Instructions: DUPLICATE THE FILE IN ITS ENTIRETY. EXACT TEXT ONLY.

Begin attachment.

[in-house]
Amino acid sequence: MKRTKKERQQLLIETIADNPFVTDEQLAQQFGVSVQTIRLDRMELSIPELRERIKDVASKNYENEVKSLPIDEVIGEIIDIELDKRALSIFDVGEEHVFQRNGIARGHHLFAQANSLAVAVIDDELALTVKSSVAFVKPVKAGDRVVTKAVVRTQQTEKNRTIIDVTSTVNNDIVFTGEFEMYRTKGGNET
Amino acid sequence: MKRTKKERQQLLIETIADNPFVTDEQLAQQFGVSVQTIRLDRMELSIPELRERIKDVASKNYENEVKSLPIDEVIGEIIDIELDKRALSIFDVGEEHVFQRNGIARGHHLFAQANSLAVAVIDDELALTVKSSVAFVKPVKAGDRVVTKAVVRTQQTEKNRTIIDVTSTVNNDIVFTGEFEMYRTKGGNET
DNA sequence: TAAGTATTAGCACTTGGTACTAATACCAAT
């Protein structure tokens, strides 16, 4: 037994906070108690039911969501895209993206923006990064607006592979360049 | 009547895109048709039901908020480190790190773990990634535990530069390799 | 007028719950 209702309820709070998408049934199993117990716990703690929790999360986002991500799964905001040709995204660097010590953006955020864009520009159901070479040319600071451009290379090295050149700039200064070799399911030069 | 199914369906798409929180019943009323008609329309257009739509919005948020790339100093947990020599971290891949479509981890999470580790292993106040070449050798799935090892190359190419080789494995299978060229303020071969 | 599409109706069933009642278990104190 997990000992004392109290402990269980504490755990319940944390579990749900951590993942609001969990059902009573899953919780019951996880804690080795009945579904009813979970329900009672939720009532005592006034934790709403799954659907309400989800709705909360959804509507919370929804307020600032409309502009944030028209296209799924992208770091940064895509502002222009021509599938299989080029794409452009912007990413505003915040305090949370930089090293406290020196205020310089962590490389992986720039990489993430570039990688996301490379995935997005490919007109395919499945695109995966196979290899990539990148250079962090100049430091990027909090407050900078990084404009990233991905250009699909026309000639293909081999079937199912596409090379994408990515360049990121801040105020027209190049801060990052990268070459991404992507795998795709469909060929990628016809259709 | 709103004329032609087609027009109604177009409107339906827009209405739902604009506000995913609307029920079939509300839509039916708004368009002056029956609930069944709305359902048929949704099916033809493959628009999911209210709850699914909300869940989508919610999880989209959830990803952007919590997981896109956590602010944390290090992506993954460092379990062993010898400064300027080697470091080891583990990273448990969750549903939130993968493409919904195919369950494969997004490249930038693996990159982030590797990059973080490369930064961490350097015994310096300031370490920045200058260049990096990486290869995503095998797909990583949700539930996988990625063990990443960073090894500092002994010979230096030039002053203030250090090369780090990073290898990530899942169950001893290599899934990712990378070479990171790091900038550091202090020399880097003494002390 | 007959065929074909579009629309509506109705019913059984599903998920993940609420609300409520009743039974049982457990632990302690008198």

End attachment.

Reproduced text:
[in-house]
Amino acid sequence: MKRTKKERQQLLIETIADNPFVTDEQLAQQFGVSVQTIRLDRMELSIPELRERIKDVASKNYENEVKSLPIDEVIGEIIDIELDKRALSIFDVGEEHVFQRNGIARGHHLFAQANSLAVAVIDDELALTVKSSVAFVKPVKAGDRVVTKAVVRTQQTEKNRTIIDVTSTVNNDIVFTGEFEMYRTKGGNET
Amino acid sequence: MKRTKKERQQLLIETIADNPFVTDEQLAQQFGVSVQTIRLDRMELSIPELRERIKDVASKNYENEVKSLPIDEVIGEIIDIELDKRALSIFDVGEEHVFQRNGIARGHHLFAQANSLAVAVIDDELALTVKSSVAFVKPVKAGDRVVTKAVVRTQQTEKNRTIIDVTSTVNNDIVFTGEFEMYRTKGGNET
DNA sequence: TAAGTATTAGCACTTGGTACTAATACCAAT
């Protein structure tokens, strides 16, 4: 037994906070108690039911969501895209993206923006990064607006592979360049 | 009547895109048709039901908020480190790190773990990634535990530069390799 | 007028719950 209702309820709070998408049934199993117990716990703690929790999360986002991500799964905001040709995204660097010590953006955020864009520009159901070479040319600071451009290379090295050149700039200064070799399911030069 | 199914369906798409929180019943009323008609329309257009739509919005948020790339100093947990020599971290891949479509981890999470580790292993106040070449050798799935090892190359190419080789494995299978060229303020071969 | 599409109706069933009642278990104190 997990000992004392109290402990269980504490755990319940944390579990749900951590993942609001969990059902009573899953919780019951996880804690080795009945579904009813979970329900009672939720009532005592006034934790709403799954659907309400989800709705909360959804509507919370929804307020600032409309502009944030028209296209799924992208770091940064895509502002222009021509599938299989080029794409452009912007990413505003915040305090949370930089090293406290020196205020310089962590490389992986720039990489993430570039990688996301490379995935997005490919007109395919499945695109995966196979290899990539990148250079962090100049430091990027909090407050900078990084404009990233991905250009699909026309000639293909081999079937199912596409090379994408990515360049990121801040105020027209190049801060990052990268070459991404992507795998795709469909060929990628016809259709 | 709103004329032609087609027009109604177009409107339906827009209405739902604009506000995913609307029920079939509300839509039916708004368009002056029956609930069944709305359902048929949704099916033809493959628009999911209210709850699914909300869940989508919610999880989209959830990803952007919590997981896109956590602010944390290090992506993954460092379990062993010898400064300027080697470091080891583990990273448990969750549903939130993968493409919904195919369950494969997004490249930038693996990159982030590797990059973080490369930064961490350097015994310096300031370490920045200058260049990096990486290869995503095998797909990583949700539930996988990625063990990443960073090894500092002994010979230096030039002053203030250090090369780090990073290898990530899942169950001893290599899934990712990378070479990171790091900038550091202090020399880097003494002390 | 007959065929074909579009629309509506109705019913059984599903998920993940609420609300409520009743039974049982457990632990302690008198």